People who frequently operate outside of their Window of Tolerance may experience mental health issues, such as depression and anxiety. A person who is often in a state of hyper-arousal may develop symptoms of post-traumatic stress, such as flashbacks nightmares, and derealisation. A person who is often in a state of hypo-arousal may dissociate, have memory issues, and experience feelings of depersonalisation.

Managing the Window of Tolerance

There are a number of strategies and techniques that can help you return to your Window of Tolerance and we have included some general guidance below but they key is to figure out what works best for you or your loved one.

Try different things and find out what works well for you. At times some activities may be down regulating / grounding while at other times the same activity may be stimulating.

Practice strategies on a regular basis when you are calm as this will build your capacity to access them when you feel yourself becoming overwhelmed.

Activities aimed at decreasing arousal

Grounding and mindfulness techniques considered beneficial by many mental health experts, can often help people remain in the present moment. By focusing on the physical sensations currently being experienced, people are often able to remain in the present, calming and soothing themselves enough to effectively manage extreme arousal.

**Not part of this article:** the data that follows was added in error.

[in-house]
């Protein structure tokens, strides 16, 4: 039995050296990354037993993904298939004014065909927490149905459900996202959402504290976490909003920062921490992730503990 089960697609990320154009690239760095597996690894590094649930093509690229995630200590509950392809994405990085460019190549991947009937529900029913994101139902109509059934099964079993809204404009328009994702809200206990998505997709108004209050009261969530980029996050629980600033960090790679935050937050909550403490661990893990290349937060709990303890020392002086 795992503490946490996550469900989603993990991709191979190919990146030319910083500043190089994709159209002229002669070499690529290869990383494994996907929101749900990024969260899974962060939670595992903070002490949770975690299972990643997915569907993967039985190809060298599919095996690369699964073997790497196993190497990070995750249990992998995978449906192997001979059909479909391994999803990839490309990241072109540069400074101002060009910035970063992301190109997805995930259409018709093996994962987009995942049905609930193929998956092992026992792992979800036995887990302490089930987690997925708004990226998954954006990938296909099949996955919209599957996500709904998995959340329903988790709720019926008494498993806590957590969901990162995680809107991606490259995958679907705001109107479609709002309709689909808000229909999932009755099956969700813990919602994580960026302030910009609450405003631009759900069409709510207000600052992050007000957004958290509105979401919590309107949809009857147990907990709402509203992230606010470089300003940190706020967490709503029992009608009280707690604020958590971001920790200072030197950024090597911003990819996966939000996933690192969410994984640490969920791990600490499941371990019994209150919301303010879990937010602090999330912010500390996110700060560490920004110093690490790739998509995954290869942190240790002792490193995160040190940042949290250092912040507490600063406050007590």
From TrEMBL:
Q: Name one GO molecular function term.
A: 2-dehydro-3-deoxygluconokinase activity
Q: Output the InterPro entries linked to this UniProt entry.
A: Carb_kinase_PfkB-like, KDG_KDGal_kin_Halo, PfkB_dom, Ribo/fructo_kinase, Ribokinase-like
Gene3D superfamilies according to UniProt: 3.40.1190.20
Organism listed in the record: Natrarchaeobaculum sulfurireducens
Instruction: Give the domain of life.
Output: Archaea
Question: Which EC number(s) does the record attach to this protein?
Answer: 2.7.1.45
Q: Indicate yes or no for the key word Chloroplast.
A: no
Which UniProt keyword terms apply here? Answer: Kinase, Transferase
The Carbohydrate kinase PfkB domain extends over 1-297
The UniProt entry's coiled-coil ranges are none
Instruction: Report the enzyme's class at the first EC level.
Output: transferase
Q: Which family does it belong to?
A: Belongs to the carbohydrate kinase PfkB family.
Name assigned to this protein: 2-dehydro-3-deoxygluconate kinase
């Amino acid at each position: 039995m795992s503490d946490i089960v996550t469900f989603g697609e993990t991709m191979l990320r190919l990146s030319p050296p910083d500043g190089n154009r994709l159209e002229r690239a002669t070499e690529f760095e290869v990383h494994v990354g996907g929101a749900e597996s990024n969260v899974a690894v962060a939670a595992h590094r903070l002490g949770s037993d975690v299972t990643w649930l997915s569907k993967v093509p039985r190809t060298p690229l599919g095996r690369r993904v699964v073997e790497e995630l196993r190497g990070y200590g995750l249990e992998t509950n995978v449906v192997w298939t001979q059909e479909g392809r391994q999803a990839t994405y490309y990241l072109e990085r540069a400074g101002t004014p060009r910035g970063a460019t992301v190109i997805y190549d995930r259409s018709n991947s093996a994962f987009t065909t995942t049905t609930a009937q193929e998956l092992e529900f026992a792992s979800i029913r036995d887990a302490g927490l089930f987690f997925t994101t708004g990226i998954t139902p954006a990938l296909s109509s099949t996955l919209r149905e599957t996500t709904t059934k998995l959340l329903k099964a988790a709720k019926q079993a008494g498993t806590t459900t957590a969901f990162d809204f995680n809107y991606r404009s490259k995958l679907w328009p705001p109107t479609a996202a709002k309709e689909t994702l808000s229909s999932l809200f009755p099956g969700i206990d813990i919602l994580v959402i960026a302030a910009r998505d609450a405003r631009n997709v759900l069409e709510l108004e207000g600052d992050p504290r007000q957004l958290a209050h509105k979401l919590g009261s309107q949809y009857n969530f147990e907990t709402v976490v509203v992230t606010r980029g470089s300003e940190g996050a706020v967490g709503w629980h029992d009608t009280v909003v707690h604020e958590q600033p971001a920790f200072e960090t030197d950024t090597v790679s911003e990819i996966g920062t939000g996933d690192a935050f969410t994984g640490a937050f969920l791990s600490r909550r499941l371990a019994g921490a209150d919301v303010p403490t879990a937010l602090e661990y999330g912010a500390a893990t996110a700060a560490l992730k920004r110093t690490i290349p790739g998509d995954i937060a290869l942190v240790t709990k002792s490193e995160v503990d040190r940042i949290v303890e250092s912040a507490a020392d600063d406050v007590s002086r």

- Diaphragmatic breathing (deep and slow tummy breathing)

- Drinking from a straw

- Throwing a squishy ball at a wall

- Jumping on a trampoline or trampette

- Weighted blanket

- Warm water

- Shaking or stomping out excess energy

- Exercise

- Listening to or playing soothing and calming music

- Comforting food

Activities aimed at increasing arousal

- Anything that stimulates the senses

- Smelling essential oils (smell is the fastest way to the thinking brain)

- Chewy or crunchy food

- Movement

- Jumping on a trampoline or trampette

- Rocking chair

- Weighted blanket

- Dancing and music

Whether you are a patient or are supporting a loved one through their diagnosis, we hope this article helps you to recognise and understand the wide range of emotions you may be experiencing.


Cliona Vaughan is a qualified relational integrative counsellor who is passionate about helping people to accept and relate to themselves, others and the world in the fullest possible way. For more information visit


If you are going through cancer treatment we have a range of products which can help you to manage the side effects caused by treatment and if you're supporting a loved one with cancer, our carefully researched Care Boxes are a thoughtful and practical way to offer your support.



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· Waters, F. S. (2016, March 28). Healing the fractured child: Diagnosis and treatment of youth with dissociation. New York: Springer Publishing Company, LLC.